Each year, the SEC’s BSA Review Group reviews thousands of SARs filed by or about persons in the securities industry or generally reporting possible securities fraud or securities law violations. In fact, if FinCEN receives a SAR from or about an entity, person, or transaction within the SEC’s jurisdiction, the odds are quite high that someone at SEC will review it. Out of those thousands of SARs, roughly one in five provide the SEC with valuable intelligence related directly to active SEC Enforcement matters and between one-third and one-half relate to microcap securities – an ongoing priority of the SEC and FINRA. SEC Enforcement personnel constantly compare that information to data in their own “Tips, Complaints, and Referrals” system, their case management systems, legal databases, and open source intelligence to assess the allegations in the SARs. In fact, my friends at the SEC inform me that not a week passes in which SEC Enforcement does not open a new inquiry or investigation based on information it received – at least initially – in a SAR.
In one rather gratifying example recently, an institution filed a SAR describing what may have been a registered investment adviser inappropriately allocating profitable trades to accounts he owned or controlled himself while simultaneously allocating less desirable trades to his clients. This alleged trade allocation or “cherry-picking” caught the SEC’s attention – as you might imagine it would.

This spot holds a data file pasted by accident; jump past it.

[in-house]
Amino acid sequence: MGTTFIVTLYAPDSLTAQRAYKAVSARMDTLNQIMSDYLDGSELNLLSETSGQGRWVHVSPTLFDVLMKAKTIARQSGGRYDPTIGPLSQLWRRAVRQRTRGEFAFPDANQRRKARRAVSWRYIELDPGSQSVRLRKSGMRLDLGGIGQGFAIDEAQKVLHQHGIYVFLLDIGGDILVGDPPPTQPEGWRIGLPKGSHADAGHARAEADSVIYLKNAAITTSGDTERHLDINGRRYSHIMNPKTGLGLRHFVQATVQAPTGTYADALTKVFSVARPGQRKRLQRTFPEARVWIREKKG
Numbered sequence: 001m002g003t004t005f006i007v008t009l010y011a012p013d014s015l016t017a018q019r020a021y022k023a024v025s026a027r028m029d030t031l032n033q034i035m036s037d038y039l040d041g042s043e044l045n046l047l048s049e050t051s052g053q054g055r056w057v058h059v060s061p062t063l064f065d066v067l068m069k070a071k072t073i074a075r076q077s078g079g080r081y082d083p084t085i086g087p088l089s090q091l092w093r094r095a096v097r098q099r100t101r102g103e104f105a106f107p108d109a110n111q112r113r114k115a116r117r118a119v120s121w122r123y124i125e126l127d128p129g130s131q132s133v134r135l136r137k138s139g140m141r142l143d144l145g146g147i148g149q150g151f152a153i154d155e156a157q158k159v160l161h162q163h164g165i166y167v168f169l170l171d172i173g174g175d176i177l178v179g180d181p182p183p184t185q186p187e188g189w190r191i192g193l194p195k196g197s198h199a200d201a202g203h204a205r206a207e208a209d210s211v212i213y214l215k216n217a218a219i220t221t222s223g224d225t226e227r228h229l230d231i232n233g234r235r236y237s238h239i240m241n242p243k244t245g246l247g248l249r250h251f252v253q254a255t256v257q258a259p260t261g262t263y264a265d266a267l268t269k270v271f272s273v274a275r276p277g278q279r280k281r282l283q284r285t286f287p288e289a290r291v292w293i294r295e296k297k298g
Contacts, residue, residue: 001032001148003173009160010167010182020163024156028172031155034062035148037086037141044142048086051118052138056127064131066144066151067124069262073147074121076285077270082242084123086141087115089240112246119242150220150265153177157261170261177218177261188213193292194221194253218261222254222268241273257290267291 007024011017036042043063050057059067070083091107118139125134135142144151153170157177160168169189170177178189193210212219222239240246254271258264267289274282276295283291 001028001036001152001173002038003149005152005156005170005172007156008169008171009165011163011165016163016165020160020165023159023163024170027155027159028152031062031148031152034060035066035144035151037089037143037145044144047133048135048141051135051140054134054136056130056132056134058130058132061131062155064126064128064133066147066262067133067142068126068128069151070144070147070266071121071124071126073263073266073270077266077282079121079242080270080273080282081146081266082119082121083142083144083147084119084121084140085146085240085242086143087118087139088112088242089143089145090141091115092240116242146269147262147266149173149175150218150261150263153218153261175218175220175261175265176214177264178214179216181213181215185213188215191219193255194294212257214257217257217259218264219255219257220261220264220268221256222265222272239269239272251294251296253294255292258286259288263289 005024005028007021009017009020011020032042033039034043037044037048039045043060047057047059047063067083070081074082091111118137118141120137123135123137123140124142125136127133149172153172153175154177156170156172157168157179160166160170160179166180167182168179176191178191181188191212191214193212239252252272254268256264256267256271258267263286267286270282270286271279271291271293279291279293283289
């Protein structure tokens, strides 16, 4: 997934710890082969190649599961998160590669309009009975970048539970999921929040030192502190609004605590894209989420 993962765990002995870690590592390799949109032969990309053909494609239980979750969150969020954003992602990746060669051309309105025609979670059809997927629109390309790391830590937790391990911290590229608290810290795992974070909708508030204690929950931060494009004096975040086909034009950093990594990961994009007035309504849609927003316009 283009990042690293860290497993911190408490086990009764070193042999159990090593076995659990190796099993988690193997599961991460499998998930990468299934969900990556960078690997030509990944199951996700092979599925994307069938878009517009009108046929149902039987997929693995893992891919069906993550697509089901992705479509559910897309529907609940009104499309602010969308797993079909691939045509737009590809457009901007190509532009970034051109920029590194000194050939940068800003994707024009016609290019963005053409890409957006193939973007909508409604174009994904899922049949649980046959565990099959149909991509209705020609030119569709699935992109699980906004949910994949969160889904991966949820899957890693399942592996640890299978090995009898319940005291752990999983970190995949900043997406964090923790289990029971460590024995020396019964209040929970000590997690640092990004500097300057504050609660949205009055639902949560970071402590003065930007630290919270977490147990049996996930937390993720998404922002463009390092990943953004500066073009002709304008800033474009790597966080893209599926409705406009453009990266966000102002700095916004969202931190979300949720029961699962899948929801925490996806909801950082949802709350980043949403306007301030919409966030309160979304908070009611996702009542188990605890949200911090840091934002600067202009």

Further research identified additional SARs and CTRs reporting suspicious funds transfer activity and interesting gaming activity by the investment adviser himself. The SEC also uncovered information from other sources that, taken collectively, suggested a pattern of possible investment fraud. Within a week, the BSA Review Group provided these findings to the SEC’s Division of Enforcement.
The SEC initiated an immediate cause examination of the adviser’s firm, which began only one week later. The week after that – less than one month after the SAR was filed, and while that SEC examination was ongoing, – the investment adviser came forward to confess his involvement in a securities fraud. The subject’s counsel gave the U.S. Attorney’s Office and SEC staff a broad sketch of facts indicating that, over a period of years, the subject had been engaged in a fraud that had resulted in losses of millions of dollars for his clients.
SEC staff promptly filed an emergency action in federal court to freeze the subject’s assets and enjoin him from future violations of the securities laws. The SEC also ultimately obtained an order barring the subject from future employment in securities.